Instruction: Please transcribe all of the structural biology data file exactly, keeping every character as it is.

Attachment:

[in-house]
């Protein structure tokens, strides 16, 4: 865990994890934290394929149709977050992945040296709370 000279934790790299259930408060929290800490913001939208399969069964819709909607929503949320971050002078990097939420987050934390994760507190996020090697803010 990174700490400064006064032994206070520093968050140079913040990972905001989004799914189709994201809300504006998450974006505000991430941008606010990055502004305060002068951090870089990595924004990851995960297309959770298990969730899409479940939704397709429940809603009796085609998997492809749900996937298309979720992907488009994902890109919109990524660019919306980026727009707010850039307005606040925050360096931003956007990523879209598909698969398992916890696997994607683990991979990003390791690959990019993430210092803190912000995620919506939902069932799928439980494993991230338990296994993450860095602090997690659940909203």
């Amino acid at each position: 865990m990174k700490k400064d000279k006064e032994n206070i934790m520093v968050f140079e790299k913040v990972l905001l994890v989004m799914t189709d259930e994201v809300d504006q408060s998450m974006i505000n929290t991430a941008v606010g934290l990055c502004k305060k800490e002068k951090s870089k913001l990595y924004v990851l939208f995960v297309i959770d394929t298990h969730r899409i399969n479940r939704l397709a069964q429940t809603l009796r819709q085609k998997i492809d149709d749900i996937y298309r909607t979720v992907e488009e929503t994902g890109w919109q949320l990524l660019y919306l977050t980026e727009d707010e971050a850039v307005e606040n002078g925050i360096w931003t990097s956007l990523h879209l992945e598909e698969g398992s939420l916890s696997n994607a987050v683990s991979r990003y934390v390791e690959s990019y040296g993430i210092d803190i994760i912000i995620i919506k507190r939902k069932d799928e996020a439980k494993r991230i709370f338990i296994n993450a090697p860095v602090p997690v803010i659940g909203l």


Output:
[in-house]
């Protein structure tokens, strides 16, 4: 865990994890934290394929149709977050992945040296709370 000279934790790299259930408060929290800490913001939208399969069964819709909607929503949320971050002078990097939420987050934390994760507190996020090697803010 990174700490400064006064032994206070520093968050140079913040990972905001989004799914189709994201809300504006998450974006505000991430941008606010990055502004305060002068951090870089990595924004990851995960297309959770298990969730899409479940939704397709429940809603009796085609998997492809749900996937298309979720992907488009994902890109919109990524660019919306980026727009707010850039307005606040925050360096931003956007990523879209598909698969398992916890696997994607683990991979990003390791690959990019993430210092803190912000995620919506939902069932799928439980494993991230338990296994993450860095602090997690659940909203």
């Amino acid at each position: 865990m990174k700490k400064d000279k006064e032994n206070i934790m520093v968050f140079e790299k913040v990972l905001l994890v989004m799914t189709d259930e994201v809300d504006q408060s998450m974006i505000n929290t991430a941008v606010g934290l990055c502004k305060k800490e002068k951090s870089k913001l990595y924004v990851l939208f995960v297309i959770d394929t298990h969730r899409i399969n479940r939704l397709a069964q429940t809603l009796r819709q085609k998997i492809d149709d749900i996937y298309r909607t979720v992907e488009e929503t994902g890109w919109q949320l990524l660019y919306l977050t980026e727009d707010e971050a850039v307005e606040n002078g925050i360096w931003t990097s956007l990523h879209l992945e598909e698969g398992s939420l916890s696997n994607a987050v683990s991979r990003y934390v390791e690959s990019y040296g993430i210092d803190i994760i912000i995620i919506k507190r939902k069932d799928e996020a439980k494993r991230i709370f338990i296994n993450a090697p860095v602090p997690v803010i659940g909203l």